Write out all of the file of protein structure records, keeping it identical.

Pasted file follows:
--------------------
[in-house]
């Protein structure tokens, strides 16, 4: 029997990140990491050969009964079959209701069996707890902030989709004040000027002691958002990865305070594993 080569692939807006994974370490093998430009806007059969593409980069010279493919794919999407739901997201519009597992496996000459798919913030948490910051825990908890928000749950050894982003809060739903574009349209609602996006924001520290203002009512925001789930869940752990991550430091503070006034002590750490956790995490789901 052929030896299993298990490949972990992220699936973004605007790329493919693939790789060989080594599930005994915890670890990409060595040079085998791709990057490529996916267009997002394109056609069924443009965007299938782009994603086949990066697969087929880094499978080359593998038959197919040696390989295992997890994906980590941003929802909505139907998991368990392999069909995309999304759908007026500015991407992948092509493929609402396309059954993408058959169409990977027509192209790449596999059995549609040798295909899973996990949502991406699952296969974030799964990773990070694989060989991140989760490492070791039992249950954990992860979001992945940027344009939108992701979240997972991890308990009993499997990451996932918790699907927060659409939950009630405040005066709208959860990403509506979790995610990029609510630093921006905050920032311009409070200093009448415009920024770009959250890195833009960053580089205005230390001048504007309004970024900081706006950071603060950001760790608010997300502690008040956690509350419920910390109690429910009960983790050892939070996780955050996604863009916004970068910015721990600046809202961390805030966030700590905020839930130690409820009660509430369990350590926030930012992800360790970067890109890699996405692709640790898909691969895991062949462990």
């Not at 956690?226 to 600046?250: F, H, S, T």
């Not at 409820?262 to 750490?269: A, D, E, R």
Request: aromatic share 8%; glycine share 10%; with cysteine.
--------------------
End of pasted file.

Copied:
[in-house]
């Protein structure tokens, strides 16, 4: 029997990140990491050969009964079959209701069996707890902030989709004040000027002691958002990865305070594993 080569692939807006994974370490093998430009806007059969593409980069010279493919794919999407739901997201519009597992496996000459798919913030948490910051825990908890928000749950050894982003809060739903574009349209609602996006924001520290203002009512925001789930869940752990991550430091503070006034002590750490956790995490789901 052929030896299993298990490949972990992220699936973004605007790329493919693939790789060989080594599930005994915890670890990409060595040079085998791709990057490529996916267009997002394109056609069924443009965007299938782009994603086949990066697969087929880094499978080359593998038959197919040696390989295992997890994906980590941003929802909505139907998991368990392999069909995309999304759908007026500015991407992948092509493929609402396309059954993408058959169409990977027509192209790449596999059995549609040798295909899973996990949502991406699952296969974030799964990773990070694989060989991140989760490492070791039992249950954990992860979001992945940027344009939108992701979240997972991890308990009993499997990451996932918790699907927060659409939950009630405040005066709208959860990403509506979790995610990029609510630093921006905050920032311009409070200093009448415009920024770009959250890195833009960053580089205005230390001048504007309004970024900081706006950071603060950001760790608010997300502690008040956690509350419920910390109690429910009960983790050892939070996780955050996604863009916004970068910015721990600046809202961390805030966030700590905020839930130690409820009660509430369990350590926030930012992800360790970067890109890699996405692709640790898909691969895991062949462990």
């Not at 956690?226 to 600046?250: F, H, S, T």
């Not at 409820?262 to 750490?269: A, D, E, R």
Request: aromatic share 8%; glycine share 10%; with cysteine.